The 2011 NEC code (Figure 1) has made changes to the common method of wiring a switch loop. A switch loop is created when power is fed to a light fixture and the hot wire is broken and extended to a light switch.
Figure 1 - 2011 NEC Handbook
The common method, prior to the implementation of the 2011 NEC code, of physically installing a switch loop was to use standard 14/2 cable which contains a white and black colored wire. In a switch loop situation both the wire that runs from the light fixture to the light switch and the wire that runs from the light switch back to the light fixture are hot or live wires. Prior to the 2011 NEC code it was sufficient to identify the hot wire that was running on a white colored wire by taping the wire with black tape, as shown in Figure 2.
Figure 2 - Diagram of a switch loop
The 2011 NEC code requires that the switch loop use wires of the proper color code to signify hot wires. A white wire signifies a neutral wire. From a physical wiring standpoint it will be necessary, at a minimum to run 14/3 cable which contains a black, red and white wire. Both the black and red colors signify a hot or live wire. The neutral, white wire, which would not be used is simply capped off inside the electrical box. Figure 3 shows the wiring configuration using 14/3 wire in a switch loop.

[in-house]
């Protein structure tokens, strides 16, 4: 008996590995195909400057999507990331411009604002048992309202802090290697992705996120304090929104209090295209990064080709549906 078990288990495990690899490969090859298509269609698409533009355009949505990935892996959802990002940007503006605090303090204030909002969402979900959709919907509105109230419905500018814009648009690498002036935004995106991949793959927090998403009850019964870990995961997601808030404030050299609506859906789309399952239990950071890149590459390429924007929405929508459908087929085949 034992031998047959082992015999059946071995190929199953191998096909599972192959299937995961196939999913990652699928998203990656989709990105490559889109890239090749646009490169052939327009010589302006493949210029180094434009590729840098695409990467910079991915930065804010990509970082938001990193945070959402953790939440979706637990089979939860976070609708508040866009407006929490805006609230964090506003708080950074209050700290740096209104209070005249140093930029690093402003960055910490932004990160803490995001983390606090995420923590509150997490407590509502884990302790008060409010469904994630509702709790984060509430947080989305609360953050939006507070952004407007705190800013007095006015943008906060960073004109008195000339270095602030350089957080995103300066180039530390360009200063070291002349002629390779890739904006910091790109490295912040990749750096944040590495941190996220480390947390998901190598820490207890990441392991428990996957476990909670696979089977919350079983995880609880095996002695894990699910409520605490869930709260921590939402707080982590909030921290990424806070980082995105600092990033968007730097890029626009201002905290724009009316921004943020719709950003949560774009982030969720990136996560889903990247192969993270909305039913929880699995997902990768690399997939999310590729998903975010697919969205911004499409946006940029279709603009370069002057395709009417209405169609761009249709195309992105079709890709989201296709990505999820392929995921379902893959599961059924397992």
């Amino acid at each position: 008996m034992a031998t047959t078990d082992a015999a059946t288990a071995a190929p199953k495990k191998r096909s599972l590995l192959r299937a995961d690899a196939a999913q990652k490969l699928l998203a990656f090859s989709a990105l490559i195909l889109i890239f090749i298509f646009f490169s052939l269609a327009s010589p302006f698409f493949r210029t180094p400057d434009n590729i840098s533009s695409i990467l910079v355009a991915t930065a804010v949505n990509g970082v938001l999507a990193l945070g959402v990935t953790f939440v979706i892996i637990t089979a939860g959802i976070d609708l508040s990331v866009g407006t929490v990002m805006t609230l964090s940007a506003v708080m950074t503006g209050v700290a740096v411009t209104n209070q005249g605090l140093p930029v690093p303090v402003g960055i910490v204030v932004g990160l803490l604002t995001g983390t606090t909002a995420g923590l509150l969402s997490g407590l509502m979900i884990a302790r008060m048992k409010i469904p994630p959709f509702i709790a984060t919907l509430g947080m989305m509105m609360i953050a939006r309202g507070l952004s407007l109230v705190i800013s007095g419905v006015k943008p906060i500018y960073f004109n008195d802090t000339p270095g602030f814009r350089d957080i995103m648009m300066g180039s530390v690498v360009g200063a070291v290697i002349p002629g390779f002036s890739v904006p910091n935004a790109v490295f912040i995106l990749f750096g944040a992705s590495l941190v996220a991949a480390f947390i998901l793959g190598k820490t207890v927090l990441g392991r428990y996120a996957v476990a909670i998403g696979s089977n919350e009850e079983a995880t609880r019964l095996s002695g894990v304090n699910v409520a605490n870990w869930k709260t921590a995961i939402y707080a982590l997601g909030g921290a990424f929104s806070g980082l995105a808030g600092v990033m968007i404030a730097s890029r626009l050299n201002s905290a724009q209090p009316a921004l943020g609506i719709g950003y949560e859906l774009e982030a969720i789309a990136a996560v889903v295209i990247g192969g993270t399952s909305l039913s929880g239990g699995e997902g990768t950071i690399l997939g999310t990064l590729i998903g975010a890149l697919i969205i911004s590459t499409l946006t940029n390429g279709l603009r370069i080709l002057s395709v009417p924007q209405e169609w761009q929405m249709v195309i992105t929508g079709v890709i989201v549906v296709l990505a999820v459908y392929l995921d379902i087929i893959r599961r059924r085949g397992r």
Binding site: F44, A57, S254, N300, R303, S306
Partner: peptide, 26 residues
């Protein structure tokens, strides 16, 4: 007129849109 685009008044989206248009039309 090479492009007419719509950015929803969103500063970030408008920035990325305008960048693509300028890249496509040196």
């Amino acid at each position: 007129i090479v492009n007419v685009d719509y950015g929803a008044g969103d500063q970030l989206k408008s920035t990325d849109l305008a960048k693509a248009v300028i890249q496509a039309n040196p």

Figure 3 - Diagram of a new switch loop
Of course, if you do not wish to run 14/3 cable the easiest method around the problem is to run the power feed for the light fixture into the light switch box, as shown in Figure 4. This avoids the necessity of having to run 14/3 wire and the installation will still meet the NEC code requirements.
Figure 4 - Power feed into light switch
Note: Just because the NEC has published a 2011 code book does not mean that any or all jurisdictions will adopt the switch loop or any other new or modified code. Always check with your local building department to determine if they have adopted all or part of the 2011 NEC code.